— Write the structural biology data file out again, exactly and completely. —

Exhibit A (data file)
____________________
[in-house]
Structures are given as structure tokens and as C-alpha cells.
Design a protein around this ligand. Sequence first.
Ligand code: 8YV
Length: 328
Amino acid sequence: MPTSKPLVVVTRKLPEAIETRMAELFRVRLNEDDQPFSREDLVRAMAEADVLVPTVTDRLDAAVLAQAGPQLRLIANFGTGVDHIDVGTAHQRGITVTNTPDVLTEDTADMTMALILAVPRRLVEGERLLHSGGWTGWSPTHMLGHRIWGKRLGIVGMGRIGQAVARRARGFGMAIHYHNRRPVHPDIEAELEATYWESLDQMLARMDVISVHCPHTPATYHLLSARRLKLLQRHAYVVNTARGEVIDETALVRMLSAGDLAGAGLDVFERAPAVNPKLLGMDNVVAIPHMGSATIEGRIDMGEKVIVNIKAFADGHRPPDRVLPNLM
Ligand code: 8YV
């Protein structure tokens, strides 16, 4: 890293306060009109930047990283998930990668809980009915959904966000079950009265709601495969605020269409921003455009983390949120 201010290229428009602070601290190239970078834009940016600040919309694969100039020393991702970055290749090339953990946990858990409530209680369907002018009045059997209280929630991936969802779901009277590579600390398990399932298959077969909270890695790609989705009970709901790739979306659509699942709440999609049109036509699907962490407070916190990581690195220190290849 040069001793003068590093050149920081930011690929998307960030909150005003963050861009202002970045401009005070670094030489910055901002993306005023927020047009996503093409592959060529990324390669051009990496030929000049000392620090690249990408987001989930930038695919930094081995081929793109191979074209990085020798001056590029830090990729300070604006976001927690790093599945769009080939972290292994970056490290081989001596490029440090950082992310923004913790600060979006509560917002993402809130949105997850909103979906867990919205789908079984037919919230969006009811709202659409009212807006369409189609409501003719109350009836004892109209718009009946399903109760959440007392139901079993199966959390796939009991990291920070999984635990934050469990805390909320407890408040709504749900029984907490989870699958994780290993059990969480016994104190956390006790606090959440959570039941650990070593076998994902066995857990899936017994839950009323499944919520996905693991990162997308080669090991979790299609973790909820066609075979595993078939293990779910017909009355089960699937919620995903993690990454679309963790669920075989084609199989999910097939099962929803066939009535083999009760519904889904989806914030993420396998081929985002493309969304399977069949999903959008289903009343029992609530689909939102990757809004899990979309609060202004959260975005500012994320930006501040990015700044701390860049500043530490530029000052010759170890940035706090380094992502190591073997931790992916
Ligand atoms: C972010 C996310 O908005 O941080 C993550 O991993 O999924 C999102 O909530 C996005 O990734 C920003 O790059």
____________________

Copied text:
[in-house]
Structures are given as structure tokens and as C-alpha cells.
Design a protein around this ligand. Sequence first.
Ligand code: 8YV
Length: 328
Amino acid sequence: MPTSKPLVVVTRKLPEAIETRMAELFRVRLNEDDQPFSREDLVRAMAEADVLVPTVTDRLDAAVLAQAGPQLRLIANFGTGVDHIDVGTAHQRGITVTNTPDVLTEDTADMTMALILAVPRRLVEGERLLHSGGWTGWSPTHMLGHRIWGKRLGIVGMGRIGQAVARRARGFGMAIHYHNRRPVHPDIEAELEATYWESLDQMLARMDVISVHCPHTPATYHLLSARRLKLLQRHAYVVNTARGEVIDETALVRMLSAGDLAGAGLDVFERAPAVNPKLLGMDNVVAIPHMGSATIEGRIDMGEKVIVNIKAFADGHRPPDRVLPNLM
Ligand code: 8YV
């Protein structure tokens, strides 16, 4: 890293306060009109930047990283998930990668809980009915959904966000079950009265709601495969605020269409921003455009983390949120 201010290229428009602070601290190239970078834009940016600040919309694969100039020393991702970055290749090339953990946990858990409530209680369907002018009045059997209280929630991936969802779901009277590579600390398990399932298959077969909270890695790609989705009970709901790739979306659509699942709440999609049109036509699907962490407070916190990581690195220190290849 040069001793003068590093050149920081930011690929998307960030909150005003963050861009202002970045401009005070670094030489910055901002993306005023927020047009996503093409592959060529990324390669051009990496030929000049000392620090690249990408987001989930930038695919930094081995081929793109191979074209990085020798001056590029830090990729300070604006976001927690790093599945769009080939972290292994970056490290081989001596490029440090950082992310923004913790600060979006509560917002993402809130949105997850909103979906867990919205789908079984037919919230969006009811709202659409009212807006369409189609409501003719109350009836004892109209718009009946399903109760959440007392139901079993199966959390796939009991990291920070999984635990934050469990805390909320407890408040709504749900029984907490989870699958994780290993059990969480016994104190956390006790606090959440959570039941650990070593076998994902066995857990899936017994839950009323499944919520996905693991990162997308080669090991979790299609973790909820066609075979595993078939293990779910017909009355089960699937919620995903993690990454679309963790669920075989084609199989999910097939099962929803066939009535083999009760519904889904989806914030993420396998081929985002493309969304399977069949999903959008289903009343029992609530689909939102990757809004899990979309609060202004959260975005500012994320930006501040990015700044701390860049500043530490530029000052010759170890940035706090380094992502190591073997931790992916
Ligand atoms: C972010 C996310 O908005 O941080 C993550 O991993 O999924 C999102 O909530 C996005 O990734 C920003 O790059």